The Clean Energy Campaign
In the early 1980s, SPEC and a coalition of BC activists were instrumental in stopping construction of nuclear power plants on Vancouver Island and uranium mining in BC. Since then SPEC has worked for an energy policy that moves beyond fossil fuels and massive dam projects to clean sustainable energy including solar, wind, tidal and geothermal.
When BC Hydro proposed a 265 mega-watt gas-fired Vancouver Island (VIGP) power plant at Duke Point near Nanaimo in 1999, SPEC activists Norman Abbey and Dyane Brown, with support from Sierra Legal Defence Fund lawyer Tim Howard, intervened with the BC Utilities Commission. Hydro said Duke Point's environmental impact would be minimal and renewable energy was not a realistic alternative to burning fossil fuels. The Duke Point plant would be supplied by a new pipeline under Georgia Strait (GSX) from Whatcom County to southern Vancouver Island.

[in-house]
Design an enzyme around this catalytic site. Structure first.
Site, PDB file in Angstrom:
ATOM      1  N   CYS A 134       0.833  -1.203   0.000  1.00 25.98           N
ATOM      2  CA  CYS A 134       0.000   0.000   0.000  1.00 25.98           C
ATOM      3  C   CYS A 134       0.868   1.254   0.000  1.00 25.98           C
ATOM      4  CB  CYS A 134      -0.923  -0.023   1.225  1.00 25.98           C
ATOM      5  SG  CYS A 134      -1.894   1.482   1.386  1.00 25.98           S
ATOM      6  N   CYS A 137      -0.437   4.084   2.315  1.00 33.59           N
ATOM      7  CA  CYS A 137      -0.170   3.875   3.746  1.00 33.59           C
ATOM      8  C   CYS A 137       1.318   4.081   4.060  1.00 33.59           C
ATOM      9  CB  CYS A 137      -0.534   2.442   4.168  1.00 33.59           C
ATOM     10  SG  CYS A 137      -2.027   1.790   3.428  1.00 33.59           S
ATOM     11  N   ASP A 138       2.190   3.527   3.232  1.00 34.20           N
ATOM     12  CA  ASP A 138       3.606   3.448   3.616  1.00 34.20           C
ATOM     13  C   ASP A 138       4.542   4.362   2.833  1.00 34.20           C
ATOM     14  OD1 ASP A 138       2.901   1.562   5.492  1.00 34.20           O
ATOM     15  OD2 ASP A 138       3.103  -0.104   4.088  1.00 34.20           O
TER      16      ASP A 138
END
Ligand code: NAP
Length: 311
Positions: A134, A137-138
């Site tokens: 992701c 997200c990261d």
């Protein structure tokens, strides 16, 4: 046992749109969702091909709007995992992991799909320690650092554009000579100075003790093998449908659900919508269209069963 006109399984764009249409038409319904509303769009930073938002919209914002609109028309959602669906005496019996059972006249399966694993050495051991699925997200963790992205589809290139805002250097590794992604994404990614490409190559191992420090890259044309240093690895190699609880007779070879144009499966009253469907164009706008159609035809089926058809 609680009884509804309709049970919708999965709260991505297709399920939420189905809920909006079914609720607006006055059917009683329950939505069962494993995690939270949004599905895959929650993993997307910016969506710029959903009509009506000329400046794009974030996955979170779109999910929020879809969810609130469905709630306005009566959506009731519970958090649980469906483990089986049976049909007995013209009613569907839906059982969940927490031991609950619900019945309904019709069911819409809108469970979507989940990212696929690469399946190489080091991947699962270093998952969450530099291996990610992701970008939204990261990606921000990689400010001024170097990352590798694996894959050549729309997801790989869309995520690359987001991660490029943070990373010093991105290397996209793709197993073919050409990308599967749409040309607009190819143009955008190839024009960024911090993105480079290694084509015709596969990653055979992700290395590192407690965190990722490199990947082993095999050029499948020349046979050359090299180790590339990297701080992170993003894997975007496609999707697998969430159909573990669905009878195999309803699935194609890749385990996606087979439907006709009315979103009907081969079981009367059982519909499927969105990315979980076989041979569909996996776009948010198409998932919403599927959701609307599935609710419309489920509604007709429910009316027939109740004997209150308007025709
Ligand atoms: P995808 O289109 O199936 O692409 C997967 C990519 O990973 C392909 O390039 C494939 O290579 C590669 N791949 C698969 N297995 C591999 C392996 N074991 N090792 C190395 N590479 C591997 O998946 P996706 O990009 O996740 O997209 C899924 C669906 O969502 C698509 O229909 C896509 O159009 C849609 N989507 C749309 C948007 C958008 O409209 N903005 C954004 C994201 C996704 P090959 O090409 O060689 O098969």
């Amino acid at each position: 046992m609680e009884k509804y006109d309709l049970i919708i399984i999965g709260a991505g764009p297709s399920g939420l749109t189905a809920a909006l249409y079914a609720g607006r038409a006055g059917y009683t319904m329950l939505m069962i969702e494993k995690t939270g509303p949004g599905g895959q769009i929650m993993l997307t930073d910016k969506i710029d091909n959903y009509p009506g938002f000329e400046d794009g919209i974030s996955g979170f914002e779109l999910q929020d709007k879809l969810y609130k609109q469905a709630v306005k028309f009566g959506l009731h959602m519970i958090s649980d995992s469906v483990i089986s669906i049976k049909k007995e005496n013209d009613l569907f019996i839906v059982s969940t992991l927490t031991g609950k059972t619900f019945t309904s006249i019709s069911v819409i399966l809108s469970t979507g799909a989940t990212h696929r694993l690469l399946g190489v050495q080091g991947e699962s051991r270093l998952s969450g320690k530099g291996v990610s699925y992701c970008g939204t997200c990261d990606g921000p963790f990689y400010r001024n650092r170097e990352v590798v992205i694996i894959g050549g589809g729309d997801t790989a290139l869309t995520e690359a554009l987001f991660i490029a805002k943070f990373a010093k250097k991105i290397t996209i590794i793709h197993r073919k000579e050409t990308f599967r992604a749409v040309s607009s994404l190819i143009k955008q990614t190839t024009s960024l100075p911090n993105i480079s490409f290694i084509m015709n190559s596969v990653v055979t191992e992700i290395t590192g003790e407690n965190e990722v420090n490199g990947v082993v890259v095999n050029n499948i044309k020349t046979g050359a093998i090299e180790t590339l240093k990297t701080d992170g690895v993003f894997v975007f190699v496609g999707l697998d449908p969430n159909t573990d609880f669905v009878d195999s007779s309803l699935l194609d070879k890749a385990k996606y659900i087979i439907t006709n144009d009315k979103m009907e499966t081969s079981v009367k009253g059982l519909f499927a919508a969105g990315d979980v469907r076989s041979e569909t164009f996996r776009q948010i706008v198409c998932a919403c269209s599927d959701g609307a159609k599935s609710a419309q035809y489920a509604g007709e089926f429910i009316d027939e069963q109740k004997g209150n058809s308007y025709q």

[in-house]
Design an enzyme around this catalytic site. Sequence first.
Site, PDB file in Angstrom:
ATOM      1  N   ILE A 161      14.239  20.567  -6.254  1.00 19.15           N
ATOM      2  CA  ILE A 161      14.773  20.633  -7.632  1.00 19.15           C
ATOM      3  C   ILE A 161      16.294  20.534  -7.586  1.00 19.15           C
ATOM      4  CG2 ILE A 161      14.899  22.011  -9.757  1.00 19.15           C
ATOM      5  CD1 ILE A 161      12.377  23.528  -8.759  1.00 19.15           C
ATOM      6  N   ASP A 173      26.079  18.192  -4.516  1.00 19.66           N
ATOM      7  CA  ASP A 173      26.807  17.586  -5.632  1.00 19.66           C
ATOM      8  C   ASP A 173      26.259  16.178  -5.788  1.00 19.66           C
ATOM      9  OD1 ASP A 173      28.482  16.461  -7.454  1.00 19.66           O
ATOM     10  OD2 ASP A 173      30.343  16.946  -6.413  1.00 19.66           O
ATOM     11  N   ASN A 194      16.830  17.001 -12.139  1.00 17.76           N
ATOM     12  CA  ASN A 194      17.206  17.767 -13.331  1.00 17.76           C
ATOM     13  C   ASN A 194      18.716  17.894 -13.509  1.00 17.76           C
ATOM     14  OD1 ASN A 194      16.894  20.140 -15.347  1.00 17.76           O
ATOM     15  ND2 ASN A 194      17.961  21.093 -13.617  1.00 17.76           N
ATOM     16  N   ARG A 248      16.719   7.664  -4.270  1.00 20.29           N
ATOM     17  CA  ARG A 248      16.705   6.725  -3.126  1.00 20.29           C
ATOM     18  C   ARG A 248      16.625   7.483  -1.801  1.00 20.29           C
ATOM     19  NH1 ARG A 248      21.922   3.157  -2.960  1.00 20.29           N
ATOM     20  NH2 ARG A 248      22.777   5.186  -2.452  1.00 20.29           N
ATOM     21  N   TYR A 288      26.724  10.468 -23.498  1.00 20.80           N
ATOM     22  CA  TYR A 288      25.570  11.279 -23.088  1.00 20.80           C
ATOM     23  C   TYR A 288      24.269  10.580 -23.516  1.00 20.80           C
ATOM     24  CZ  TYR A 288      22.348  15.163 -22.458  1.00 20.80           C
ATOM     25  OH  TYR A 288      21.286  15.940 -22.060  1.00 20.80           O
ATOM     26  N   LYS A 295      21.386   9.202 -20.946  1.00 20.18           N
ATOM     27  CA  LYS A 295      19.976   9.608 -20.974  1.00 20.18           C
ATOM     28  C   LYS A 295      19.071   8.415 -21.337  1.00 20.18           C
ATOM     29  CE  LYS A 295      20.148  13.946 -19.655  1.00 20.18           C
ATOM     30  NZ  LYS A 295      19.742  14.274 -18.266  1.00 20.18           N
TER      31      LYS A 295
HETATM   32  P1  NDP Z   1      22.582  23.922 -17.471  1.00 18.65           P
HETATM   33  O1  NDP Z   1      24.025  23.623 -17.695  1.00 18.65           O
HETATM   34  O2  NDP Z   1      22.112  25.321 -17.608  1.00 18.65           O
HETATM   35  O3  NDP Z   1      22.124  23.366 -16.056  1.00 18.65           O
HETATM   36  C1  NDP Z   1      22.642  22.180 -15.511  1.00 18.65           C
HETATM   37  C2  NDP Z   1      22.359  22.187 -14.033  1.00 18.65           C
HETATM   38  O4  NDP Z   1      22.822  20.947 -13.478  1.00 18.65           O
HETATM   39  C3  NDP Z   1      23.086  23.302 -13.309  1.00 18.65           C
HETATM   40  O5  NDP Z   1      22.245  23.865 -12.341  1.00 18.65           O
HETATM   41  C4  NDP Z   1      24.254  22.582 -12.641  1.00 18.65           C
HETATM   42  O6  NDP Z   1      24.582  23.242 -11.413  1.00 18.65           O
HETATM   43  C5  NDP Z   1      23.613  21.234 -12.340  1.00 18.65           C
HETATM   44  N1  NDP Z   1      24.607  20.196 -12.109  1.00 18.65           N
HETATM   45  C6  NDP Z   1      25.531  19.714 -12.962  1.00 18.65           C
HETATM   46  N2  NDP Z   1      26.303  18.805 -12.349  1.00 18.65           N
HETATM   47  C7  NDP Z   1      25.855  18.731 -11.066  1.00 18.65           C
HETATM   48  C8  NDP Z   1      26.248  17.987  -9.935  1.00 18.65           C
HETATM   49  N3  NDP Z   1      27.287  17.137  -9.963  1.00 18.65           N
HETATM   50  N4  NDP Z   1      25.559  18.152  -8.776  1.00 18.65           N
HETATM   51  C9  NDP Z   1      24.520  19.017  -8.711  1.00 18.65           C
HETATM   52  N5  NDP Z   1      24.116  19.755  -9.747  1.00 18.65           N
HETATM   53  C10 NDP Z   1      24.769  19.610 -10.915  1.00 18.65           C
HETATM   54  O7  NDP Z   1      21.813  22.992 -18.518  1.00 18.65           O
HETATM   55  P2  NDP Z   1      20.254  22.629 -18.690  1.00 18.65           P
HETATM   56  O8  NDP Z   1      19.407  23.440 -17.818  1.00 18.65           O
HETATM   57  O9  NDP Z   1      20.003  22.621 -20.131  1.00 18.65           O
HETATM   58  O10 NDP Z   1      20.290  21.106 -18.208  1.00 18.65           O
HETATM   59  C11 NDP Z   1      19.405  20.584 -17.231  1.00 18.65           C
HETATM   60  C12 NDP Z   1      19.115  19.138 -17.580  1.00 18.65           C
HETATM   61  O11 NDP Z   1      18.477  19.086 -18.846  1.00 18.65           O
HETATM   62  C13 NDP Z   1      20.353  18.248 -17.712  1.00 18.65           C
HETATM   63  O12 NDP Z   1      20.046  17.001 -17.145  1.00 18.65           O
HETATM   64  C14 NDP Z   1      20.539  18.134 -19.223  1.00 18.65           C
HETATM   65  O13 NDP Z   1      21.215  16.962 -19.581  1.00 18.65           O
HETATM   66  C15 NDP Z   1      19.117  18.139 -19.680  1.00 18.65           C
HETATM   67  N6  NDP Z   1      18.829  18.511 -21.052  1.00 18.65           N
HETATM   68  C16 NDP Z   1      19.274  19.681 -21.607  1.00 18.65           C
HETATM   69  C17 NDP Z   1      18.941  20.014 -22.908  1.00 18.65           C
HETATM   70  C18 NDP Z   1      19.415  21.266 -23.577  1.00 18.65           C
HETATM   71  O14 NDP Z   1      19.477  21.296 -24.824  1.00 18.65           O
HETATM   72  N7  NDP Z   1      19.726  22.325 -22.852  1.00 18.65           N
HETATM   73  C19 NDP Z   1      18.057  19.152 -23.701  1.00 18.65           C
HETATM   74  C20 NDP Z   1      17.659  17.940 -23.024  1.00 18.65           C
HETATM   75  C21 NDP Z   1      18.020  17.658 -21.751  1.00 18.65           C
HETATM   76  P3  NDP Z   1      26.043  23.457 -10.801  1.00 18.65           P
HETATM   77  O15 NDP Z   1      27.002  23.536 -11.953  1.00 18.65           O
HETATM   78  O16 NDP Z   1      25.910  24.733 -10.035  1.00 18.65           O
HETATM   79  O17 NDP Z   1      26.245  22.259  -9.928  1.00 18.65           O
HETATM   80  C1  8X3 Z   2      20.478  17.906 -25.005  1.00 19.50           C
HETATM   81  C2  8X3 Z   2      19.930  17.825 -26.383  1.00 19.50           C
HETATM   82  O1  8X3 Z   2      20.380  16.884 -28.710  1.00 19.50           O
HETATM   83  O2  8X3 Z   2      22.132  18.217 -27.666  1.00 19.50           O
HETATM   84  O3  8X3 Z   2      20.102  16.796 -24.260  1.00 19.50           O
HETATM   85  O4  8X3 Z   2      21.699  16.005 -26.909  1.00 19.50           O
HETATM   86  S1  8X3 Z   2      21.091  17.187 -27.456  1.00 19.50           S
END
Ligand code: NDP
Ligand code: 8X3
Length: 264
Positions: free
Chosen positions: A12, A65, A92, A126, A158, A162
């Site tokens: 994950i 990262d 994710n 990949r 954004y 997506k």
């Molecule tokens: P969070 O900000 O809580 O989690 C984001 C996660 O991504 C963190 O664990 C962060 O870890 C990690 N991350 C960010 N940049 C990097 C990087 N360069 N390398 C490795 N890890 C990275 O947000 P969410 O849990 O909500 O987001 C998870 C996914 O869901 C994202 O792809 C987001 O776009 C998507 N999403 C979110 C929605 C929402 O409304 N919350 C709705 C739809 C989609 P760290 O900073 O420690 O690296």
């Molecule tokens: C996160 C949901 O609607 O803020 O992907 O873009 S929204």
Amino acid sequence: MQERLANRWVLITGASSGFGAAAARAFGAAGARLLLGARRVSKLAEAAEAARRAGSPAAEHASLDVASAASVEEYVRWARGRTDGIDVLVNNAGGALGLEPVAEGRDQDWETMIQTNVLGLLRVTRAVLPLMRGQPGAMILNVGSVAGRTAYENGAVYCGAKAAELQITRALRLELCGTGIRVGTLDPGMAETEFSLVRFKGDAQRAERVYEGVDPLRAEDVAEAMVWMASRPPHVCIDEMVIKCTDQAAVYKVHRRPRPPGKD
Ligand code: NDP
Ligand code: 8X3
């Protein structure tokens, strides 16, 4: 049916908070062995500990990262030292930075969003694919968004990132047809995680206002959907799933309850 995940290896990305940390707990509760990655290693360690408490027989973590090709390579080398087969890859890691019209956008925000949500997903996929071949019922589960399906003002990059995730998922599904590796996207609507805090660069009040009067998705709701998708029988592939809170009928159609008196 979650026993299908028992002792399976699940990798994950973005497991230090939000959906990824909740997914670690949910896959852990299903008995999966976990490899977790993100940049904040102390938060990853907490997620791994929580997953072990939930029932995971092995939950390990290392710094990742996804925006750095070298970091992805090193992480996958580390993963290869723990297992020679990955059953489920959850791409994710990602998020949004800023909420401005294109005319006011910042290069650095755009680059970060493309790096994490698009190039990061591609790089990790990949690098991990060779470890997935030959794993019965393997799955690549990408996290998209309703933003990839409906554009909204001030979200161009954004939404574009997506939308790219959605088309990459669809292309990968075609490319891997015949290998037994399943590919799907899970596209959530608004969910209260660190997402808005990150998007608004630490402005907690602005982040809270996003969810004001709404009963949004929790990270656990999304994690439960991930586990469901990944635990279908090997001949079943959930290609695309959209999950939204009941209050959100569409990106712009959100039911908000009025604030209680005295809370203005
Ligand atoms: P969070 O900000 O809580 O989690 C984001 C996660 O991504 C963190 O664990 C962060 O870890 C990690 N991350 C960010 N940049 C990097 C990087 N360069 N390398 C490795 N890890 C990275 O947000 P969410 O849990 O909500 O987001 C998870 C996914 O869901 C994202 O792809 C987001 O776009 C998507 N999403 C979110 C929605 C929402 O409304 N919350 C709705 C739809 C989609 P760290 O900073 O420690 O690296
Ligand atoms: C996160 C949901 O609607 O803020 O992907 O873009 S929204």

In 2003, the BCUC agreed with SPEC and thousands of Vancouver Island residents and rejected Hydro’s plans. BC Hydro, however, resurrected Duke Point in 2004 as a private venture. Meanwhile research and development of clean energy in BC lags behind other Canadian provinces.